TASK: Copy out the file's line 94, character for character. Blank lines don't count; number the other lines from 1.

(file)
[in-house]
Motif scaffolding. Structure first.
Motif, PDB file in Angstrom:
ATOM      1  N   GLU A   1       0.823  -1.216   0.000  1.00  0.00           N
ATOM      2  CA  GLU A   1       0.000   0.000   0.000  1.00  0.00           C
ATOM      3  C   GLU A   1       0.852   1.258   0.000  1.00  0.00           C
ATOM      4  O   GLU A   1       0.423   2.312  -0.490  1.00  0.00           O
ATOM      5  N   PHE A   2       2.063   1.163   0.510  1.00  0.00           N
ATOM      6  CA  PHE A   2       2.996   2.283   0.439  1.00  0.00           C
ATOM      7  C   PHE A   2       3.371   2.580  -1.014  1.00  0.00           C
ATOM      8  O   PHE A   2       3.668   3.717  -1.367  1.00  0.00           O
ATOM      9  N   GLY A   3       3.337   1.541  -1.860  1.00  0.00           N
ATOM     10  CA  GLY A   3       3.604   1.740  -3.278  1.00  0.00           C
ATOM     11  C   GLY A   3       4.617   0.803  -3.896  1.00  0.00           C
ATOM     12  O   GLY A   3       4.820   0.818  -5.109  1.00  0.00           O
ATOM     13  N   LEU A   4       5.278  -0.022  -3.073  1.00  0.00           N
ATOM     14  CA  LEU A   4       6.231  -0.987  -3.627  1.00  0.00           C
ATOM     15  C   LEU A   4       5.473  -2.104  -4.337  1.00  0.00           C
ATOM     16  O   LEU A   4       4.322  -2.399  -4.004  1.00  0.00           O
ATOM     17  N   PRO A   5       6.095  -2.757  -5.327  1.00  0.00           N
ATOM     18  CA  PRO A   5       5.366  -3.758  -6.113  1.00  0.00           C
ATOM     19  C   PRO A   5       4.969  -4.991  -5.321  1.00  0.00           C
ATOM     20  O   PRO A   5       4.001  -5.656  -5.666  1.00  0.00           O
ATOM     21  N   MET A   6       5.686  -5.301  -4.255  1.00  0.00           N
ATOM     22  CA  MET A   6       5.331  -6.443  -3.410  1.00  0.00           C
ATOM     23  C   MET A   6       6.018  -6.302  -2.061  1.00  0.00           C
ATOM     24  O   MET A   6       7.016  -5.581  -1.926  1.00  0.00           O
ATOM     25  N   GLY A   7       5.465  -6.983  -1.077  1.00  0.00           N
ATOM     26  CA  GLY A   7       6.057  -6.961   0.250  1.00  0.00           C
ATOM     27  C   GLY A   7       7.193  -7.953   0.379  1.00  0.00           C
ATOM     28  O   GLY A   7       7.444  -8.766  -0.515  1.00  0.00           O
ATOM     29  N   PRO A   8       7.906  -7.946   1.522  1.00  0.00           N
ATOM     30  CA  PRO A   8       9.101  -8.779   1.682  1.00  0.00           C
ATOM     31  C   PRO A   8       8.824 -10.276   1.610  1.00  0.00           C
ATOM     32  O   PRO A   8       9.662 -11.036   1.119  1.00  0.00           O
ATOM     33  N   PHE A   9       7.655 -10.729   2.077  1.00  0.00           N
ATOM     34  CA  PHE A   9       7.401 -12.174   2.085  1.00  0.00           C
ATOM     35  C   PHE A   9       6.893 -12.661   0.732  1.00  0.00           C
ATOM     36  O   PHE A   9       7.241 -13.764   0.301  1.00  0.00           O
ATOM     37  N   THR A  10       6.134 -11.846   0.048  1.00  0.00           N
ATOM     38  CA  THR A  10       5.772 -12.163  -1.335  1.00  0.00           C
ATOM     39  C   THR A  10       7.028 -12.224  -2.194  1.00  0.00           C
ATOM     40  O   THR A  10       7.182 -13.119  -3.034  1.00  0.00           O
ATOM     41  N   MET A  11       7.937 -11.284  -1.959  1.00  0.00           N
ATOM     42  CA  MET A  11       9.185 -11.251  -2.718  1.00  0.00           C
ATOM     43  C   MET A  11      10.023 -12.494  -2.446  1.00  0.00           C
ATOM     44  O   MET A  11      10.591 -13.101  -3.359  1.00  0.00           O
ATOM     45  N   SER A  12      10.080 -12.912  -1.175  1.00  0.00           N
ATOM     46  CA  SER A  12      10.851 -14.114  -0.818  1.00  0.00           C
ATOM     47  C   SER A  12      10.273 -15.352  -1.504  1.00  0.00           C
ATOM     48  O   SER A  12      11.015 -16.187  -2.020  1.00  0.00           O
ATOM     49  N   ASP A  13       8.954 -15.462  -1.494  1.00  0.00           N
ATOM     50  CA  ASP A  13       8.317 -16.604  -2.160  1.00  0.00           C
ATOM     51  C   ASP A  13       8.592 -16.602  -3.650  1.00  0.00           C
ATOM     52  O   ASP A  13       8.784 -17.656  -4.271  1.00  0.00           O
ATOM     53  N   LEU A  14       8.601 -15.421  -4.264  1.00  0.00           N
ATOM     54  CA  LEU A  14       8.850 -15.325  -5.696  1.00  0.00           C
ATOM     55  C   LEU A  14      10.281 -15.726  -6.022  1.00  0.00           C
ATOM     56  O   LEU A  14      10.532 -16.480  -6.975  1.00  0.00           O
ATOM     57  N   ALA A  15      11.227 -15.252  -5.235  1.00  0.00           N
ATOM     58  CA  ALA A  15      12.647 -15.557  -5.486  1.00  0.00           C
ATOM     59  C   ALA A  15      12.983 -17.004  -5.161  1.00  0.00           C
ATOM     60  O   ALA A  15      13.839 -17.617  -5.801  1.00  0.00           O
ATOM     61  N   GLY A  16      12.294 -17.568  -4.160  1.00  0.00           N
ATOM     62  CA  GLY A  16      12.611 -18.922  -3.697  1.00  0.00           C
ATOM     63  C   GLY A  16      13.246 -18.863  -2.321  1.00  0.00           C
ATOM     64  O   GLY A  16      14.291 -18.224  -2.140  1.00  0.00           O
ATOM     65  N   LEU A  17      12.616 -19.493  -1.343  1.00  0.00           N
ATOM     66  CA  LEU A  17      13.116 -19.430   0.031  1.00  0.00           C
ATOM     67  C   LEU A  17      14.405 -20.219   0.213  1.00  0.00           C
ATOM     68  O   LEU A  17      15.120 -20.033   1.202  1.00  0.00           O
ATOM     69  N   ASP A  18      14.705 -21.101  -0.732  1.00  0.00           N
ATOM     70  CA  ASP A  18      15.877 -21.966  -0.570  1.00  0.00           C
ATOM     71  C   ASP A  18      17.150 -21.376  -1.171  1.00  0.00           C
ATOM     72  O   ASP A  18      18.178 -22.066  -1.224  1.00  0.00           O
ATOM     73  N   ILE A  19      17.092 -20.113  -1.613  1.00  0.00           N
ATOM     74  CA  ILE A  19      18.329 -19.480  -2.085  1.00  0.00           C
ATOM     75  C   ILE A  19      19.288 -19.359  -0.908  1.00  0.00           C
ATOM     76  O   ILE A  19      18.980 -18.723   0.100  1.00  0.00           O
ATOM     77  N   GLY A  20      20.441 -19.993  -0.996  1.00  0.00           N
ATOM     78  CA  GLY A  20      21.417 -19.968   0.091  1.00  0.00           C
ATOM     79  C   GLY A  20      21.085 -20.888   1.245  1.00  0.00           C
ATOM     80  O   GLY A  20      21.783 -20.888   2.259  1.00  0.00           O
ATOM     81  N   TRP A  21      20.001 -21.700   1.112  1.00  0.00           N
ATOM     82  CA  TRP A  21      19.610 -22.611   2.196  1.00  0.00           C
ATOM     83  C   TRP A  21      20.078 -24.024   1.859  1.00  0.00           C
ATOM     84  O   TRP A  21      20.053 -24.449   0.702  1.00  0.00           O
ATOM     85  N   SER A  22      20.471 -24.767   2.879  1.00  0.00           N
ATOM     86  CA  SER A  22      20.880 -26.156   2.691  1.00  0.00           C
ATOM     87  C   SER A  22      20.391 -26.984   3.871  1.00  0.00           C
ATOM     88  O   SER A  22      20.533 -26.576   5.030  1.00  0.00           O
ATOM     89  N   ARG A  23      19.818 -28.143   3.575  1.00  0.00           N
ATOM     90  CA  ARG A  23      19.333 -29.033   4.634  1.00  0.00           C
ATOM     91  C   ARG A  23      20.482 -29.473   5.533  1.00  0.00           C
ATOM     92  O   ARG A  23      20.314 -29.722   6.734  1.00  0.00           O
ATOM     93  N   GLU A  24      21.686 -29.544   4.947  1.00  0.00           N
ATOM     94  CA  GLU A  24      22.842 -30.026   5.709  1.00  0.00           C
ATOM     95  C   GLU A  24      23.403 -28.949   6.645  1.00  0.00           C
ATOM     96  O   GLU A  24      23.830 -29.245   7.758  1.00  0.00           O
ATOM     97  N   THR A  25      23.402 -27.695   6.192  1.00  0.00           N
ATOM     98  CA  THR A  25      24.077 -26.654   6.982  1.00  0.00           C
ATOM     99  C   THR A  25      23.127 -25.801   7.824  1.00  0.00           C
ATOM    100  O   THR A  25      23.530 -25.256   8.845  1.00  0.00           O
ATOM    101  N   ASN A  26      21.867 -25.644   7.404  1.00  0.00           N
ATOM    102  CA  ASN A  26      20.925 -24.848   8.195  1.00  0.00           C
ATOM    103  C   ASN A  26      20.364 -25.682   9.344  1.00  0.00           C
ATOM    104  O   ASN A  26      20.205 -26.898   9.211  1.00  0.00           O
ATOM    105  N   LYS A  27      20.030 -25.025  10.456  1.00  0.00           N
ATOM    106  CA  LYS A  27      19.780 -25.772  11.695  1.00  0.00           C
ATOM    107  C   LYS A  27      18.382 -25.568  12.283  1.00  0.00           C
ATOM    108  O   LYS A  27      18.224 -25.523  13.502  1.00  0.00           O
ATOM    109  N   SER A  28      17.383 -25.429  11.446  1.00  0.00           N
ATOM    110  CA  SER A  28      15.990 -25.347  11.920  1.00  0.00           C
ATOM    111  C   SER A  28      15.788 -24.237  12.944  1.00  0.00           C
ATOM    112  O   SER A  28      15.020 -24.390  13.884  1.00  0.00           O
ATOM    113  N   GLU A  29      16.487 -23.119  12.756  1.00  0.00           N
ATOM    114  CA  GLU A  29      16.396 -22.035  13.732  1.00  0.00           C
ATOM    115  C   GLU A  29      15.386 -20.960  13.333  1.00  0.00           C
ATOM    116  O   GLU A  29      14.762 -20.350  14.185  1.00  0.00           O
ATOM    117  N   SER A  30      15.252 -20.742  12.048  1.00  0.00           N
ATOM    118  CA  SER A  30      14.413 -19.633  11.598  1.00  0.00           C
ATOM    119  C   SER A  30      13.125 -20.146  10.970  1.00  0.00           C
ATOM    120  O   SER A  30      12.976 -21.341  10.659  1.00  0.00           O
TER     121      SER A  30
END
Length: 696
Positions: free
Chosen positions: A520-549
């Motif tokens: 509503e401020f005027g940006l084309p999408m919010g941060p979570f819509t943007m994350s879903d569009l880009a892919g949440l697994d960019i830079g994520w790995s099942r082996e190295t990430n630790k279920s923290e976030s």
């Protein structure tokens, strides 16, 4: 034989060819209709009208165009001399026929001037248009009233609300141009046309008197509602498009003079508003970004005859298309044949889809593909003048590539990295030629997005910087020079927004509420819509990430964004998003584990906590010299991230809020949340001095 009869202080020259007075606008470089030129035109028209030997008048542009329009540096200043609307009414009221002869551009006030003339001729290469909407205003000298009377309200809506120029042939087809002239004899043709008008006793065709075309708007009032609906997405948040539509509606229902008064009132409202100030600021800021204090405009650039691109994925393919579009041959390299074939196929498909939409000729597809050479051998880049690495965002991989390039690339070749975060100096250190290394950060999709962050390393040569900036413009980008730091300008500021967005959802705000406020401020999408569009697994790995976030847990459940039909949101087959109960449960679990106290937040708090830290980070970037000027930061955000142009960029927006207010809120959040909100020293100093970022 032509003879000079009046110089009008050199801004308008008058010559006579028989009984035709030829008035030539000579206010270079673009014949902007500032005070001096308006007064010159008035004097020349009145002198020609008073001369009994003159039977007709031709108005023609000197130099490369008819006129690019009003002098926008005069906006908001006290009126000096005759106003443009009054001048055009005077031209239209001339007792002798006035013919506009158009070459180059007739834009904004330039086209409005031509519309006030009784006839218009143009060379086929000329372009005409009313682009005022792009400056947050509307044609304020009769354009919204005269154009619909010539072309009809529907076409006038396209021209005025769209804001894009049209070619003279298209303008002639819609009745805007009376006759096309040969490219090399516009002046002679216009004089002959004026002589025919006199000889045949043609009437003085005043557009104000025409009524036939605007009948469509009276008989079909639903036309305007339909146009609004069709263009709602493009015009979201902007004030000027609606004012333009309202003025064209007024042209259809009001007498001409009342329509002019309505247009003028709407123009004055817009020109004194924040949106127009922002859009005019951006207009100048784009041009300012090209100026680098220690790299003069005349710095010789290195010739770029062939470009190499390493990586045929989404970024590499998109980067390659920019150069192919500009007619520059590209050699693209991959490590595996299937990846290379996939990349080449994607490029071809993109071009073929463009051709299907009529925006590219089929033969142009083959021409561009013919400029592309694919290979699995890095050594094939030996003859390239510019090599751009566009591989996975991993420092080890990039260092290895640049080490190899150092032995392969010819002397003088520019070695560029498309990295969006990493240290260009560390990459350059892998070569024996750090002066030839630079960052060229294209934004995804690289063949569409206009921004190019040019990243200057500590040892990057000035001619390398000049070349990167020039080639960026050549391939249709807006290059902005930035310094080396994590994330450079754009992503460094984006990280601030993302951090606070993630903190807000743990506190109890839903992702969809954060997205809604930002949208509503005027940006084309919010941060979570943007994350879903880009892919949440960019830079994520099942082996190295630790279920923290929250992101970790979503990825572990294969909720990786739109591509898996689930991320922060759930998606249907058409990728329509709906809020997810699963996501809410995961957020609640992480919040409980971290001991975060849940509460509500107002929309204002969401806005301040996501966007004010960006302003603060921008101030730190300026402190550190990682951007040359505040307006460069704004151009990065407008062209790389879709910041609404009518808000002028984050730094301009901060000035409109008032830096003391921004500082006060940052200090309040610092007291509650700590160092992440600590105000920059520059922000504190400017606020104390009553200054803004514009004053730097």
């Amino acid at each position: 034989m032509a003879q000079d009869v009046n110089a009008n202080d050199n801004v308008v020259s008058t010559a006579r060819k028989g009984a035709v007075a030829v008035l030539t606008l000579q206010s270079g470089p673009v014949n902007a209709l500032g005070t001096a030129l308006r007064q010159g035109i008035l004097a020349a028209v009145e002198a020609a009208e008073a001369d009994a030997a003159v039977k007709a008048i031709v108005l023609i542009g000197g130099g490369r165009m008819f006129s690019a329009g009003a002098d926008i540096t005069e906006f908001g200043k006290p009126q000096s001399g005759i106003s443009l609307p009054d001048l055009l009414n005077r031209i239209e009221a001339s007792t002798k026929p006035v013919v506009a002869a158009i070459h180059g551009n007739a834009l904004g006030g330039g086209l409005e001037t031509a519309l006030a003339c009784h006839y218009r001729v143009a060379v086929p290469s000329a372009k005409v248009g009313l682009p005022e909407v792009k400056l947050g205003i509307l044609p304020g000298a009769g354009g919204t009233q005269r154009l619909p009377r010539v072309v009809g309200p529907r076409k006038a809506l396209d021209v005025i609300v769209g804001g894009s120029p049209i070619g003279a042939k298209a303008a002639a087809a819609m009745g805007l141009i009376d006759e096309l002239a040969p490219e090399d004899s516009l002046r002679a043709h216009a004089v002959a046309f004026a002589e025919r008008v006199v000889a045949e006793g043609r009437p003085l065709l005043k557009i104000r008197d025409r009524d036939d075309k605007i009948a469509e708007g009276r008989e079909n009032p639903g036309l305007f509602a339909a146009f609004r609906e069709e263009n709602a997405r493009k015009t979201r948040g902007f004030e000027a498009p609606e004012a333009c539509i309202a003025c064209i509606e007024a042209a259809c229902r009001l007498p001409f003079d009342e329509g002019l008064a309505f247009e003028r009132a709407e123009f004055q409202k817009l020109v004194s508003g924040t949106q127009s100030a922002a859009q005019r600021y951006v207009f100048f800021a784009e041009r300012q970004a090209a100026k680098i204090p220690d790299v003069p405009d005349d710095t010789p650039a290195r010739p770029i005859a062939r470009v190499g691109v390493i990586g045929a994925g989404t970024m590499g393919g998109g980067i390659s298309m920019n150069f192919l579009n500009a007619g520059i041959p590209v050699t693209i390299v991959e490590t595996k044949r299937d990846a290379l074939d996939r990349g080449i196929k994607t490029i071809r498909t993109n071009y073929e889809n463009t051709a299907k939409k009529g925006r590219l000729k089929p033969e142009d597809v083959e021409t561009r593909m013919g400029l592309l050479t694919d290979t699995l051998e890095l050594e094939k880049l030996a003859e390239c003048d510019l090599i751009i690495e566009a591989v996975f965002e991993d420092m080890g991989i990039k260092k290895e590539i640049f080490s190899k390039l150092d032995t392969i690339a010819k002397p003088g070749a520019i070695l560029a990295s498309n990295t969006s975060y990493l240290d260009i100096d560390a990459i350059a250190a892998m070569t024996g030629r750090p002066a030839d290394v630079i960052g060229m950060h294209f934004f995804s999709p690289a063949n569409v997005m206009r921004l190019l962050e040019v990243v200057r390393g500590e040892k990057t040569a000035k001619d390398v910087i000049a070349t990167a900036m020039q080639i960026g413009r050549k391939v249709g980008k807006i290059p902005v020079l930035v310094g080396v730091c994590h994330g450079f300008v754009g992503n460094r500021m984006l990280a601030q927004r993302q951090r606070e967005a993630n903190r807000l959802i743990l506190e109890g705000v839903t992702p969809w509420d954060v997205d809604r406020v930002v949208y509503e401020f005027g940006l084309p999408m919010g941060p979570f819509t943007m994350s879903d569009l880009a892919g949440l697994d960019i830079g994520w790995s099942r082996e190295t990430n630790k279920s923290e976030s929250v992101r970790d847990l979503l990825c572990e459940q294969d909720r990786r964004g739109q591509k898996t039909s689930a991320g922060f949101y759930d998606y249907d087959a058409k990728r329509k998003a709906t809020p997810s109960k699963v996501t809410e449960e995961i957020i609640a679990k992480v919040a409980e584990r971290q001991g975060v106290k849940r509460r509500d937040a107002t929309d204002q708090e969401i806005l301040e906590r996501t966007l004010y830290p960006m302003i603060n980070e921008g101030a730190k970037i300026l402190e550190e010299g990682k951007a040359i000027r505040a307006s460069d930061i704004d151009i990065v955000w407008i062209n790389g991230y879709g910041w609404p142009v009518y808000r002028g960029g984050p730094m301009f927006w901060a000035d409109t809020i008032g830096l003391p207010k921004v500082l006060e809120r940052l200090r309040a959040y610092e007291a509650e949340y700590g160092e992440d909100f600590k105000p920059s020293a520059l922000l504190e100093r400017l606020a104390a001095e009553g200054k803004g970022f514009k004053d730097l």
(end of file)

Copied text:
ATOM     91  C   ARG A  23      20.482 -29.473   5.533  1.00  0.00           C